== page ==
Homan noted that Thompson School’s students were sent home early Monday because of concerns about adequate ventilation on that campus after the heat went on for the first time this school year. “We tweaked the settings, and everything was ready to go for Tuesday morning,” she said.

Hardy School improvement plan

Hardy School, with 412 students and more than 60 staff members, maintains the motto it has had since 1925, “We train hand, mind and heart for the common good,” and its newer, secondary slogan, to be kind, respectful and inclusive, according to Principal Kate Peretz.

Hardy has as a priority being a safe and supportive environment. “We continue to have our ups and downs, but a lot more ups than downs,” she said.

She acknowledged that there has been “not a lot of movement” since 2017 in results of standardized testing. “We need to do some really hard work,” she said, but noted that the “MCAS [Massachusetts Comprehensive Assessment System] is not the be-all and end-all.”

Improvement is expected because of interventions, including small groups for math, reading and other subjects, Assistant Principal Peggy Tsatsoulis said. She, Peretz and other educators also want to raise the rate of participation of family members in a shared decision-making process, continue to celebrate diverse identities, enhance collaboration among school-based organizations with a focus on equity, and pursue grants including one that would provide Hardy with an artist-in-residence.

See the Hardy plan >>  
Dallin School improvement plan

Dallin, with its 440 students and 70-plus staffers, emphasizes core values of courage, respect and responsibility, and school culture is also a priority, according to Principal Thad Dingman. He said Dallin has a strong commitment to improving literacy because “literacy is equity.” He said the latest MCAS results show reading scores are improving.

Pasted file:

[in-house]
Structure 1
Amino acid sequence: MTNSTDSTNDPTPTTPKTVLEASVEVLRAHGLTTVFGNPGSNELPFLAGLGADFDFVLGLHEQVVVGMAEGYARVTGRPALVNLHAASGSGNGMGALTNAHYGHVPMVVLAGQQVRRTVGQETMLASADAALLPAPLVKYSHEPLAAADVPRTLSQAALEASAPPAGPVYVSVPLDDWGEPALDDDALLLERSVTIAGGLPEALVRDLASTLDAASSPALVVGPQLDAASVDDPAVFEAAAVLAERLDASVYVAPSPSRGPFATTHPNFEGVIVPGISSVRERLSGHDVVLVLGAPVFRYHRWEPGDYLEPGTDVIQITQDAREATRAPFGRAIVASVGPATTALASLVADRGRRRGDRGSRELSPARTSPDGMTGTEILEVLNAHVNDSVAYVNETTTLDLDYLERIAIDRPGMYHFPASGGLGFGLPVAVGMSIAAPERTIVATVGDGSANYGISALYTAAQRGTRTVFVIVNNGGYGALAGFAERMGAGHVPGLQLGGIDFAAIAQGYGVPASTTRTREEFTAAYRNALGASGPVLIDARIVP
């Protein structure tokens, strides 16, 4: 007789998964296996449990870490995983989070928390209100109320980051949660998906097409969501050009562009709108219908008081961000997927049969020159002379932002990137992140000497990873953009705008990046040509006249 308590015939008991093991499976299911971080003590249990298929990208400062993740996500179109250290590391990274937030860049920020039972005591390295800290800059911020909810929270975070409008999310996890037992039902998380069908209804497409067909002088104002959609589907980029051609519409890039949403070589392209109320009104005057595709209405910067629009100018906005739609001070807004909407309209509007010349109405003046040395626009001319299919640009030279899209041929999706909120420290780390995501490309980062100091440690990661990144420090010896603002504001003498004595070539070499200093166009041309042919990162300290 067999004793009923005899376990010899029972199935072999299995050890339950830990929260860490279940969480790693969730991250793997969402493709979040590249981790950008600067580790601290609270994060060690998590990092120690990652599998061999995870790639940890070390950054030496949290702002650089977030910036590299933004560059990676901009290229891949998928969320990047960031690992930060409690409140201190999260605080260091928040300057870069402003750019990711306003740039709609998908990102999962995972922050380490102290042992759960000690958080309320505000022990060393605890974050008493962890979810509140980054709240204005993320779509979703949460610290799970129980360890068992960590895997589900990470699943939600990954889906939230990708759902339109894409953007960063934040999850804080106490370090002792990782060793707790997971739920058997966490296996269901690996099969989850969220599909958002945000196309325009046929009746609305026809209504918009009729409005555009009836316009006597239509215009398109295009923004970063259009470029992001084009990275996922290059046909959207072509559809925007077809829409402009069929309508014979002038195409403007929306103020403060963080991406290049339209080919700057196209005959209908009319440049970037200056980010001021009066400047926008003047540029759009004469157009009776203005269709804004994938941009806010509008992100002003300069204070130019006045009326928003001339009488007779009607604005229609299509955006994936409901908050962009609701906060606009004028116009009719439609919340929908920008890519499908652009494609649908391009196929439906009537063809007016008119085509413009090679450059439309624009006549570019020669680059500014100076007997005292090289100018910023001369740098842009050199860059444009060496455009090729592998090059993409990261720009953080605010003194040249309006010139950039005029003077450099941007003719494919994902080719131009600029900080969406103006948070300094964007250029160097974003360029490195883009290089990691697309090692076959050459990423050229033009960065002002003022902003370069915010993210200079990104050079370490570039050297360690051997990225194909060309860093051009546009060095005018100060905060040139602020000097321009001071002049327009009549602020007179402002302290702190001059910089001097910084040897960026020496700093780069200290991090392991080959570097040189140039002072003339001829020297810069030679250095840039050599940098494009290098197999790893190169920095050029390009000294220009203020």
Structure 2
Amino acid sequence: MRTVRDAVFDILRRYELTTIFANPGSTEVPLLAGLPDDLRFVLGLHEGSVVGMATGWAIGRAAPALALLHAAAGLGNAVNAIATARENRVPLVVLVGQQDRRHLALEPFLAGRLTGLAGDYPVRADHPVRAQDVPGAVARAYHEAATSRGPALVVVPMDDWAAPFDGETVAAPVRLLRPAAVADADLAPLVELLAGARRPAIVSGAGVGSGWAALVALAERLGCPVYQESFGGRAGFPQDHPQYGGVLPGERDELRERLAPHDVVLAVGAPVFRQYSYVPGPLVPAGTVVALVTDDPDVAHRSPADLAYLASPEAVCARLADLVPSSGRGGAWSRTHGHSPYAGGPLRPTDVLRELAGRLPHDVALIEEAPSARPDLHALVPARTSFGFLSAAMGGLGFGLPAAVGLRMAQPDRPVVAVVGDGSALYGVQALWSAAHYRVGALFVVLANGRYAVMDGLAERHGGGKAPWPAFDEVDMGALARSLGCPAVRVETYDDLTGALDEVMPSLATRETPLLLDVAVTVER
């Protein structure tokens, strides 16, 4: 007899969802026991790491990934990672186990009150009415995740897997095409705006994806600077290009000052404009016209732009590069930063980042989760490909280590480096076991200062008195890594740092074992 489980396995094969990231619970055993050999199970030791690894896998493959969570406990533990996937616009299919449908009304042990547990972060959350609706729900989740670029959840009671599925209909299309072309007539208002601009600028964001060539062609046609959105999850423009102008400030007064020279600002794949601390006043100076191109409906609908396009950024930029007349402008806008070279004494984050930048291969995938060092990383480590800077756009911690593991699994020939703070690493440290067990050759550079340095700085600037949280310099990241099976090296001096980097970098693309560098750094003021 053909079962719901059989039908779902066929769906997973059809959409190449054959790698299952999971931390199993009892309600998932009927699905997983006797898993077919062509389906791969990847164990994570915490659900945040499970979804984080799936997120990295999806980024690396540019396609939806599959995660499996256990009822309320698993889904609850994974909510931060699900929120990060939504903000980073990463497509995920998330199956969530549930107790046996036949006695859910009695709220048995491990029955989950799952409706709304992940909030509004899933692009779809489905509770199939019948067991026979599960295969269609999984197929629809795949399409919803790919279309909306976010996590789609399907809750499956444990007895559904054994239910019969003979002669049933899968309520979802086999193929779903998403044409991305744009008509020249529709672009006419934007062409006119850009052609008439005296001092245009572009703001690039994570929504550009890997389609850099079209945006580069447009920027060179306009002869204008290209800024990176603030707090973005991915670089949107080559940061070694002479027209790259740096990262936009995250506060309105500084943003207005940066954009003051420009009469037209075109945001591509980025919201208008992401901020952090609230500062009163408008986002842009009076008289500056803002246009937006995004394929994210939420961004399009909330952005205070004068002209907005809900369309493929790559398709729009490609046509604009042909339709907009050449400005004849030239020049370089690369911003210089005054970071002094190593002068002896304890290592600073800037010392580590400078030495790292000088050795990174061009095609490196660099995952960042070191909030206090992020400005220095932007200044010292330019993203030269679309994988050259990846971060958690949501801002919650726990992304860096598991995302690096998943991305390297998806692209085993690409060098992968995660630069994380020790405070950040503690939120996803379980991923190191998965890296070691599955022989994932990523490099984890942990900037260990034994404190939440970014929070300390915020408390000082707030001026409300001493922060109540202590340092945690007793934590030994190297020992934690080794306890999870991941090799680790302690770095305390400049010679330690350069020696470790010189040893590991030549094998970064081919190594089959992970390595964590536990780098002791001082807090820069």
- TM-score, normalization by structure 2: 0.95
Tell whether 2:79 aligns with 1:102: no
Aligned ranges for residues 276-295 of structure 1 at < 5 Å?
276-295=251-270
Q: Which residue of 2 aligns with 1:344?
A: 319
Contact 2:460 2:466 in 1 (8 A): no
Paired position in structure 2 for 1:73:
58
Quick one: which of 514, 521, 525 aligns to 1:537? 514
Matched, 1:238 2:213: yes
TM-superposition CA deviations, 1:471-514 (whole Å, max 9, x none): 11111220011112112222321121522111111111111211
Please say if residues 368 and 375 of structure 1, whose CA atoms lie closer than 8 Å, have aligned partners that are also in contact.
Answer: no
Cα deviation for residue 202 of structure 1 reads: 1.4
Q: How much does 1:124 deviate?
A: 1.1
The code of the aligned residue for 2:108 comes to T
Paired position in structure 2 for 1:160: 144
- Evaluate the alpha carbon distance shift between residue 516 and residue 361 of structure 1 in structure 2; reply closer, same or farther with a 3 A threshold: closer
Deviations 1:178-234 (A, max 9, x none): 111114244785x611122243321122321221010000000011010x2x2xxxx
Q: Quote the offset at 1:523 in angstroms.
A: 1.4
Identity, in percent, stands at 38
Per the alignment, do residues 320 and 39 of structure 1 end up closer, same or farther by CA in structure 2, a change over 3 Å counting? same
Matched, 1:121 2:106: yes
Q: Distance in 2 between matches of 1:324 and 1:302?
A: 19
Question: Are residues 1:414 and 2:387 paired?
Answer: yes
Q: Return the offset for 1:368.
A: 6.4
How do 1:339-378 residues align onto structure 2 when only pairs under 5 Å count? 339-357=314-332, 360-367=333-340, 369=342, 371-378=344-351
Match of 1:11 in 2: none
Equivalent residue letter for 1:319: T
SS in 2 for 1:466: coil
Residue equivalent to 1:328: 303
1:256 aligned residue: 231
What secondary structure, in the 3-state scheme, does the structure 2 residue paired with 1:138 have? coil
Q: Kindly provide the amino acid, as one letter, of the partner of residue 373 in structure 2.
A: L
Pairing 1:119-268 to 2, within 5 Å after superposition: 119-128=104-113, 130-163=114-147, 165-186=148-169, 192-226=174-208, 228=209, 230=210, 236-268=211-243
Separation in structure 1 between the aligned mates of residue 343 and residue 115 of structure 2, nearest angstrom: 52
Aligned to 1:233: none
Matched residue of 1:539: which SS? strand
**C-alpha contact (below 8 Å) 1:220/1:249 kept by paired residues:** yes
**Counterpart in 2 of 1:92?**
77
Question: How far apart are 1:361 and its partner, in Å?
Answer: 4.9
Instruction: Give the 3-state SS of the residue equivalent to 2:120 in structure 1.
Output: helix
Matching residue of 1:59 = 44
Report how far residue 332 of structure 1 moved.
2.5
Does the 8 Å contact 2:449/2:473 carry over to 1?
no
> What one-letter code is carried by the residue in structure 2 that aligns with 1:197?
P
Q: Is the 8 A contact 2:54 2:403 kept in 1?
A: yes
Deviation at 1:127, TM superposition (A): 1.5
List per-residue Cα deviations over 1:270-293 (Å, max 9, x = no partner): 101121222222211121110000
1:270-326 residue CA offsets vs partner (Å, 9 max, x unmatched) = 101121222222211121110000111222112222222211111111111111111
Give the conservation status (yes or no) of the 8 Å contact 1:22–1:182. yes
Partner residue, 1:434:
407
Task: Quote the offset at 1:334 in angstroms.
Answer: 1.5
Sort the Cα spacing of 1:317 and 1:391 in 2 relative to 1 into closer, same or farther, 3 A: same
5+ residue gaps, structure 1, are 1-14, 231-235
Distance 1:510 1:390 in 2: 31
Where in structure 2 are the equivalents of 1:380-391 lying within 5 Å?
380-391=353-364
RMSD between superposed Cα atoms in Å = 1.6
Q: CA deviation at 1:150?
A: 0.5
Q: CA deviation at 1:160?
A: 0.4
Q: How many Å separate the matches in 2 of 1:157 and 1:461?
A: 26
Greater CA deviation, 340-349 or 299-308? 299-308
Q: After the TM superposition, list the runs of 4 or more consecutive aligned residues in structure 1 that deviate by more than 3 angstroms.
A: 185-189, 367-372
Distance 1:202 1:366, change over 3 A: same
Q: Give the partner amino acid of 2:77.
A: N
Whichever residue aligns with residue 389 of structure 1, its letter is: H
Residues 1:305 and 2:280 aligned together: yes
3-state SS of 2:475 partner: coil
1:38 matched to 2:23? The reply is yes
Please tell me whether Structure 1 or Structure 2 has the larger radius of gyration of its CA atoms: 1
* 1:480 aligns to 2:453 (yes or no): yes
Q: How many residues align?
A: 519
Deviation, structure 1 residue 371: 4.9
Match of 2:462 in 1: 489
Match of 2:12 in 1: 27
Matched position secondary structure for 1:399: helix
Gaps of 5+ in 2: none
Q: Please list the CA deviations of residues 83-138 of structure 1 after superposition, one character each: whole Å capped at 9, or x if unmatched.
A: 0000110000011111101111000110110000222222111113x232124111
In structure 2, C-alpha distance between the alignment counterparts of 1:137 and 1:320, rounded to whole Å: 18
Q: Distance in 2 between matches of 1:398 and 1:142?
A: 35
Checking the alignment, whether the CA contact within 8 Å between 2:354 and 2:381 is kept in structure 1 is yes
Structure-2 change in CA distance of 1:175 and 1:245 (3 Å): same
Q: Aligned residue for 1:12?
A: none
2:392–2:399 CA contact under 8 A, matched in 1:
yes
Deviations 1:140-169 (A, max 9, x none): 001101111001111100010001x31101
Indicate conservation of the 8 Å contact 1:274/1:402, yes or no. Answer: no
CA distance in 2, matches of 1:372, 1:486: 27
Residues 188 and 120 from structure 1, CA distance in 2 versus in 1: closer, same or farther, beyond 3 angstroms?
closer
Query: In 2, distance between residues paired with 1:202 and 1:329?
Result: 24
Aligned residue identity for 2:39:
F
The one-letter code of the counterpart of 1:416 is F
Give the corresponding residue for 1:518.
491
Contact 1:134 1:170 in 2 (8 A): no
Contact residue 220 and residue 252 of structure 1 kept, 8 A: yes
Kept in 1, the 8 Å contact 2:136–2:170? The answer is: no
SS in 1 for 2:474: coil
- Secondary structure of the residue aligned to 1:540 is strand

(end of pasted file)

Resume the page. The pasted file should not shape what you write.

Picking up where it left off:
To keep things going in the right direction, he wants to emphasize the science of reading and in particular explicit instruction in phonemic awareness and phonics. He said a cohort study showed that kindergartners in spring 2019 were assessed at 39.5 percent at minimal risk in reading, but  those same kids were up to 60.5 percent at minimal risk in first grade in winter 2020, and they were higher yet -- 70.6 percent at minimal risk – in second grade this semester.

Math is a different story. “We need to reflect and design mathematics classrooms where all students experience success,” he said. “It has to start with us.” The instructional objective is to improve student agency and equity in math and to support active listening and participation of all students in a collaborative mathematical community.

See the Dallin improvement plan >>
In other business:

The committee unanimously approved job descriptions for the following positions (see links to each):

The consent agenda passed unanimously.

The committee went into executive session at 8:48 p.m. 

Watch the Nov. 18 meeting broadcast by ACMi:


Oct. 29, 2021: As Covid cases track low, public schools wait to seek waiver
 

This news summary by YourArlington freelancer Judith Pfeffer was published Friday, Nov. 19, 2021, and updated Nov. 23, to add an ACMi video window.